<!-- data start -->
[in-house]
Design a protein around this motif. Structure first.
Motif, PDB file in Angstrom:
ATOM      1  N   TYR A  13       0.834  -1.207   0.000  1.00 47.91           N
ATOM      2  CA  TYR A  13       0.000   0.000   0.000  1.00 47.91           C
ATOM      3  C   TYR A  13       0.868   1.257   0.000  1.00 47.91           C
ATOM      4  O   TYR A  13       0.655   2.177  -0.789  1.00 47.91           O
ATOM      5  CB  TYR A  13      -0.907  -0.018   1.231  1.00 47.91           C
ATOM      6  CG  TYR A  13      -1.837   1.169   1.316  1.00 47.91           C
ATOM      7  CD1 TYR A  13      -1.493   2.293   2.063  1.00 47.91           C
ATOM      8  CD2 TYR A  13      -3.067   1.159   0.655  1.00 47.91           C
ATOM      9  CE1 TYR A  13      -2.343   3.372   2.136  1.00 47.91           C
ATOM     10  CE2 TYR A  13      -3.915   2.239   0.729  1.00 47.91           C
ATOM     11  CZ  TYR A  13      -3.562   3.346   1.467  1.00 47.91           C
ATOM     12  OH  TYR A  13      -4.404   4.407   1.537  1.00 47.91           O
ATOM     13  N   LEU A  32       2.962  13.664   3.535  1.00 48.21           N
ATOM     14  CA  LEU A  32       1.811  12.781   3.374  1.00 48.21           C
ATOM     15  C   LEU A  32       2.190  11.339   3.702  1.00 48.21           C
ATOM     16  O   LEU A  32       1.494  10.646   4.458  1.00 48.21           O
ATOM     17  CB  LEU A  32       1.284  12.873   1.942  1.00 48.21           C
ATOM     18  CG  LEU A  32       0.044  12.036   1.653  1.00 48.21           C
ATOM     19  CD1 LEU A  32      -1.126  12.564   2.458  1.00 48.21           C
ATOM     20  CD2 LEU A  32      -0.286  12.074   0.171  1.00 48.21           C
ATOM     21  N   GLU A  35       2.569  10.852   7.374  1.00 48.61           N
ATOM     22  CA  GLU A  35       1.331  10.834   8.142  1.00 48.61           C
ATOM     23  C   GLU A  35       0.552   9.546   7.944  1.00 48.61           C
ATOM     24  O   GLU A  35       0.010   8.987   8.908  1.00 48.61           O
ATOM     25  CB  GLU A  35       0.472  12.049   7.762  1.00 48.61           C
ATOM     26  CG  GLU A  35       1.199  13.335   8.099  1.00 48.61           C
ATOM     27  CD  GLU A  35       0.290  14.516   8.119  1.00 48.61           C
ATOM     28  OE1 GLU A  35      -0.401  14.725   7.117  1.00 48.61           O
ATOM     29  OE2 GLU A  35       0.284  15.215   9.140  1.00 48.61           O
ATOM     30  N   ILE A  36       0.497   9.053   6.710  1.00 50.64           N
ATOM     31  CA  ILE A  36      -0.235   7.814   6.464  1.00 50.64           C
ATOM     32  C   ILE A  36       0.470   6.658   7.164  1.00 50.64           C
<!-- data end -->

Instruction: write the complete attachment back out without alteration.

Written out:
[in-house]
Design a protein around this motif. Structure first.
Motif, PDB file in Angstrom:
ATOM      1  N   TYR A  13       0.834  -1.207   0.000  1.00 47.91           N
ATOM      2  CA  TYR A  13       0.000   0.000   0.000  1.00 47.91           C
ATOM      3  C   TYR A  13       0.868   1.257   0.000  1.00 47.91           C
ATOM      4  O   TYR A  13       0.655   2.177  -0.789  1.00 47.91           O
ATOM      5  CB  TYR A  13      -0.907  -0.018   1.231  1.00 47.91           C
ATOM      6  CG  TYR A  13      -1.837   1.169   1.316  1.00 47.91           C
ATOM      7  CD1 TYR A  13      -1.493   2.293   2.063  1.00 47.91           C
ATOM      8  CD2 TYR A  13      -3.067   1.159   0.655  1.00 47.91           C
ATOM      9  CE1 TYR A  13      -2.343   3.372   2.136  1.00 47.91           C
ATOM     10  CE2 TYR A  13      -3.915   2.239   0.729  1.00 47.91           C
ATOM     11  CZ  TYR A  13      -3.562   3.346   1.467  1.00 47.91           C
ATOM     12  OH  TYR A  13      -4.404   4.407   1.537  1.00 47.91           O
ATOM     13  N   LEU A  32       2.962  13.664   3.535  1.00 48.21           N
ATOM     14  CA  LEU A  32       1.811  12.781   3.374  1.00 48.21           C
ATOM     15  C   LEU A  32       2.190  11.339   3.702  1.00 48.21           C
ATOM     16  O   LEU A  32       1.494  10.646   4.458  1.00 48.21           O
ATOM     17  CB  LEU A  32       1.284  12.873   1.942  1.00 48.21           C
ATOM     18  CG  LEU A  32       0.044  12.036   1.653  1.00 48.21           C
ATOM     19  CD1 LEU A  32      -1.126  12.564   2.458  1.00 48.21           C
ATOM     20  CD2 LEU A  32      -0.286  12.074   0.171  1.00 48.21           C
ATOM     21  N   GLU A  35       2.569  10.852   7.374  1.00 48.61           N
ATOM     22  CA  GLU A  35       1.331  10.834   8.142  1.00 48.61           C
ATOM     23  C   GLU A  35       0.552   9.546   7.944  1.00 48.61           C
ATOM     24  O   GLU A  35       0.010   8.987   8.908  1.00 48.61           O
ATOM     25  CB  GLU A  35       0.472  12.049   7.762  1.00 48.61           C
ATOM     26  CG  GLU A  35       1.199  13.335   8.099  1.00 48.61           C
ATOM     27  CD  GLU A  35       0.290  14.516   8.119  1.00 48.61           C
ATOM     28  OE1 GLU A  35      -0.401  14.725   7.117  1.00 48.61           O
ATOM     29  OE2 GLU A  35       0.284  15.215   9.140  1.00 48.61           O
ATOM     30  N   ILE A  36       0.497   9.053   6.710  1.00 50.64           N
ATOM     31  CA  ILE A  36      -0.235   7.814   6.464  1.00 50.64           C
ATOM     32  C   ILE A  36       0.470   6.658   7.164  1.00 50.64           C